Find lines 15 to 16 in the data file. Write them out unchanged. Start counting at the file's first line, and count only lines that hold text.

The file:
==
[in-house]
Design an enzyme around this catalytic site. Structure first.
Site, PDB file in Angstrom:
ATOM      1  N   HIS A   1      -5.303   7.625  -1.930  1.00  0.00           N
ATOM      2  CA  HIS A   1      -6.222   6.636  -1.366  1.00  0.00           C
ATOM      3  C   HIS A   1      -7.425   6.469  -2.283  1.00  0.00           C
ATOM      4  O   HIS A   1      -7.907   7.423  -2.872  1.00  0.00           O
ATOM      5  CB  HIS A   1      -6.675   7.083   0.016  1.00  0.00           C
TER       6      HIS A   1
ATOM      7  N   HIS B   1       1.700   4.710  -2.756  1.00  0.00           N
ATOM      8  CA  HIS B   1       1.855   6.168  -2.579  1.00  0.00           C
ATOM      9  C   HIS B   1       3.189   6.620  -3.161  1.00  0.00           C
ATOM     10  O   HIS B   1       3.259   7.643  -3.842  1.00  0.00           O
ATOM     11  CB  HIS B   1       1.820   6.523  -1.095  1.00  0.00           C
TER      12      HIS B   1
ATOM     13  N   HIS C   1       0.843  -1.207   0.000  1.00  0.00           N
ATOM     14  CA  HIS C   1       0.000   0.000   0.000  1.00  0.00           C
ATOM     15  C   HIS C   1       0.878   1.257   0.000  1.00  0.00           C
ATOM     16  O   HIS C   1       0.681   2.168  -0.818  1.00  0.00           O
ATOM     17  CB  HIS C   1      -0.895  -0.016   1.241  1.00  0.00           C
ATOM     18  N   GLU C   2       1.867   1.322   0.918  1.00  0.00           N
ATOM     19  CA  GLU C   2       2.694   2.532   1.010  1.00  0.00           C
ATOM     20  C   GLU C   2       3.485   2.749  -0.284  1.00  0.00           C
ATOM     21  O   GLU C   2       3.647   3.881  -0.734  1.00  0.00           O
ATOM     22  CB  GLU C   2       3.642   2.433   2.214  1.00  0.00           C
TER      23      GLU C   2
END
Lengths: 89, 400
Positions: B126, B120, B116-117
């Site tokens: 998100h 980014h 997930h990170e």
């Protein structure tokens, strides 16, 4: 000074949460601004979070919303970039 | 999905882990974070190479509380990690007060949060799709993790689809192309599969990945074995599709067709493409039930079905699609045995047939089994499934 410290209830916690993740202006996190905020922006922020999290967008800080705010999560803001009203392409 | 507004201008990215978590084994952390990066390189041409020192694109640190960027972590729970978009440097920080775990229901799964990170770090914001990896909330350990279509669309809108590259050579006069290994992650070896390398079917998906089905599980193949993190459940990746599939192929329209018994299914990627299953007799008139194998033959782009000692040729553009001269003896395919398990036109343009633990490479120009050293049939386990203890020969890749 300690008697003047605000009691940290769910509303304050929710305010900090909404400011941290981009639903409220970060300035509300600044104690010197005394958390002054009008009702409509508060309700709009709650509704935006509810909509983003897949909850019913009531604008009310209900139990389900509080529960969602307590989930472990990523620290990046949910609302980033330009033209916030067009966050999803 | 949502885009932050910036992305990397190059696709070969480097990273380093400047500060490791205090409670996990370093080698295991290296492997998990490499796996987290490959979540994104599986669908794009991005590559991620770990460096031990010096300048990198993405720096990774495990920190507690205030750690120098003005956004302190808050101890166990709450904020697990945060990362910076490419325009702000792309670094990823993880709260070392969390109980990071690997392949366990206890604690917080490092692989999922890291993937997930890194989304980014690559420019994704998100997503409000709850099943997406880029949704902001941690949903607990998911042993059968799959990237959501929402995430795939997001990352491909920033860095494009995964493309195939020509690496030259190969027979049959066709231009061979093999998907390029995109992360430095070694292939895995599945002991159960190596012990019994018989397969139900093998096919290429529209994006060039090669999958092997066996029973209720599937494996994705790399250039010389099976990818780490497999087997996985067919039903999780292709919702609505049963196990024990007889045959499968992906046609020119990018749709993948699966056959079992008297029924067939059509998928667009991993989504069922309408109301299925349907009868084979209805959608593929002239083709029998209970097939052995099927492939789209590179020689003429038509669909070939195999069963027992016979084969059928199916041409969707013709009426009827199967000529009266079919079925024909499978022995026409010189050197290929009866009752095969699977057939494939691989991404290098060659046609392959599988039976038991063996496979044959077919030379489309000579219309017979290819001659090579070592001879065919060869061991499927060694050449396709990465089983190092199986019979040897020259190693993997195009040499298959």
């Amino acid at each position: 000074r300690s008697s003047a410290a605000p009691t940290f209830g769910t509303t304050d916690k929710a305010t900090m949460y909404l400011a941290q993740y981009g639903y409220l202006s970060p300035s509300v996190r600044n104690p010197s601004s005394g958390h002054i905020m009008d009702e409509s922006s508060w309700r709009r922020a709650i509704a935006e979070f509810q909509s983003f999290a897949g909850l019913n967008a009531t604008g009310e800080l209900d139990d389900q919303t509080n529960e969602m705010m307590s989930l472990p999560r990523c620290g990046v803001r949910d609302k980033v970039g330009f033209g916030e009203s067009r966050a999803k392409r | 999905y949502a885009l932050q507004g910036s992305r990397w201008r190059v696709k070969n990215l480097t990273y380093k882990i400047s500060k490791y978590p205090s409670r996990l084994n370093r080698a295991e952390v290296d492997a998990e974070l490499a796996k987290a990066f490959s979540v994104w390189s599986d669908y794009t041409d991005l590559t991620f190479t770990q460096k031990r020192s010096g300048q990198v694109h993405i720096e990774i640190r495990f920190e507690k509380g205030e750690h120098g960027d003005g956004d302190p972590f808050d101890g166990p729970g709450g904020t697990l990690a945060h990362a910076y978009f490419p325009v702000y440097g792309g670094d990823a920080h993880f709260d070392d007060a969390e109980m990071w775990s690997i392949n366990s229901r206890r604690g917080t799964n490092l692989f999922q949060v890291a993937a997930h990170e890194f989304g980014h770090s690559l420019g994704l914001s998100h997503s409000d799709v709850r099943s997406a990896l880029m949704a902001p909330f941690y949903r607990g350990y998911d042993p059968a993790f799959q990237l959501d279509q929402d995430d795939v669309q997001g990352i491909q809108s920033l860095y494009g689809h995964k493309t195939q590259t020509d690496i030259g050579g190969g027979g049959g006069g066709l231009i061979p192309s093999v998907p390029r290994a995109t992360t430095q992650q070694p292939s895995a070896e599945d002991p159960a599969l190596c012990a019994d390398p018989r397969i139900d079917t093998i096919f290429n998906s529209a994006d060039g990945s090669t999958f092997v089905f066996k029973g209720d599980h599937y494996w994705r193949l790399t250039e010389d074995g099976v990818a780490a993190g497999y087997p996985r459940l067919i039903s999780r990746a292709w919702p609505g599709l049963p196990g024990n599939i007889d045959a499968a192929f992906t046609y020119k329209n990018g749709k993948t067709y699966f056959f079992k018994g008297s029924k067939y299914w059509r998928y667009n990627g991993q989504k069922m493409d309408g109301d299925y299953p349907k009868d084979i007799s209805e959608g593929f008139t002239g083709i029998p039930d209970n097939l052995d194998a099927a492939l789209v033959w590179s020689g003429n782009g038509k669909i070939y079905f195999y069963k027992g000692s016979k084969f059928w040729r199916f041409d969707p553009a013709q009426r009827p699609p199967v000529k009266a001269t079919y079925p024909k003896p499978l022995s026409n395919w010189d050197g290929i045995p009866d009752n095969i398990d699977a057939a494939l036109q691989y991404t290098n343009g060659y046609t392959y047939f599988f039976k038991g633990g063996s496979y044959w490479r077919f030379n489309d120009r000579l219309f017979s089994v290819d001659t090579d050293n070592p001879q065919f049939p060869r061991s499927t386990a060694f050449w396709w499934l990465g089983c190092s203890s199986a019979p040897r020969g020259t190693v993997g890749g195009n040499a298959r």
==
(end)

TER      12      HIS B   1
ATOM     13  N   HIS C   1       0.843  -1.207   0.000  1.00  0.00           N